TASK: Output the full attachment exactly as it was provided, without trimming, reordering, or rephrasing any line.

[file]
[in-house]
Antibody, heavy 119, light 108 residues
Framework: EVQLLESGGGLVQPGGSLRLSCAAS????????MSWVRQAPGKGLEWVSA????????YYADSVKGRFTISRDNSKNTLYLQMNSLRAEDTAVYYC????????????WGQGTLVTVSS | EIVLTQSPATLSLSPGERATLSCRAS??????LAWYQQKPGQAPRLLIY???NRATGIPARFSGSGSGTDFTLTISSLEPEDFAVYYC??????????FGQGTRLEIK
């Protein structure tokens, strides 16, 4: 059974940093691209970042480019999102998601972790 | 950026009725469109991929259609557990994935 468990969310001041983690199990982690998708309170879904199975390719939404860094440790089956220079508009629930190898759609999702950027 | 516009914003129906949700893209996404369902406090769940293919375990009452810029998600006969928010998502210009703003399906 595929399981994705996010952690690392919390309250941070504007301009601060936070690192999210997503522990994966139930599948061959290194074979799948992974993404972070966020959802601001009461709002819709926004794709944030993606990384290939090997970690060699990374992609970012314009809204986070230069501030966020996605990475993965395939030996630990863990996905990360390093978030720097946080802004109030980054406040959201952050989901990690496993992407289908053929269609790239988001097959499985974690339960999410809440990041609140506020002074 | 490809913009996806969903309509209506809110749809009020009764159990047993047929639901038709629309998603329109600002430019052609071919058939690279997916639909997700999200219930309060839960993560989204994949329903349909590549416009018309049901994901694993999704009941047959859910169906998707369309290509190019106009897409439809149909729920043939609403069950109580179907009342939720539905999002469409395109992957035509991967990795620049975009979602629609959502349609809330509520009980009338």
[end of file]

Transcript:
[in-house]
Antibody, heavy 119, light 108 residues
Framework: EVQLLESGGGLVQPGGSLRLSCAAS????????MSWVRQAPGKGLEWVSA????????YYADSVKGRFTISRDNSKNTLYLQMNSLRAEDTAVYYC????????????WGQGTLVTVSS | EIVLTQSPATLSLSPGERATLSCRAS??????LAWYQQKPGQAPRLLIY???NRATGIPARFSGSGSGTDFTLTISSLEPEDFAVYYC??????????FGQGTRLEIK
């Protein structure tokens, strides 16, 4: 059974940093691209970042480019999102998601972790 | 950026009725469109991929259609557990994935 468990969310001041983690199990982690998708309170879904199975390719939404860094440790089956220079508009629930190898759609999702950027 | 516009914003129906949700893209996404369902406090769940293919375990009452810029998600006969928010998502210009703003399906 595929399981994705996010952690690392919390309250941070504007301009601060936070690192999210997503522990994966139930599948061959290194074979799948992974993404972070966020959802601001009461709002819709926004794709944030993606990384290939090997970690060699990374992609970012314009809204986070230069501030966020996605990475993965395939030996630990863990996905990360390093978030720097946080802004109030980054406040959201952050989901990690496993992407289908053929269609790239988001097959499985974690339960999410809440990041609140506020002074 | 490809913009996806969903309509209506809110749809009020009764159990047993047929639901038709629309998603329109600002430019052609071919058939690279997916639909997700999200219930309060839960993560989204994949329903349909590549416009018309049901994901694993999704009941047959859910169906998707369309290509190019106009897409439809149909729920043939609403069950109580179907009342939720539905999002469409395109992957035509991967990795620049975009979602629609959502349609809330509520009980009338």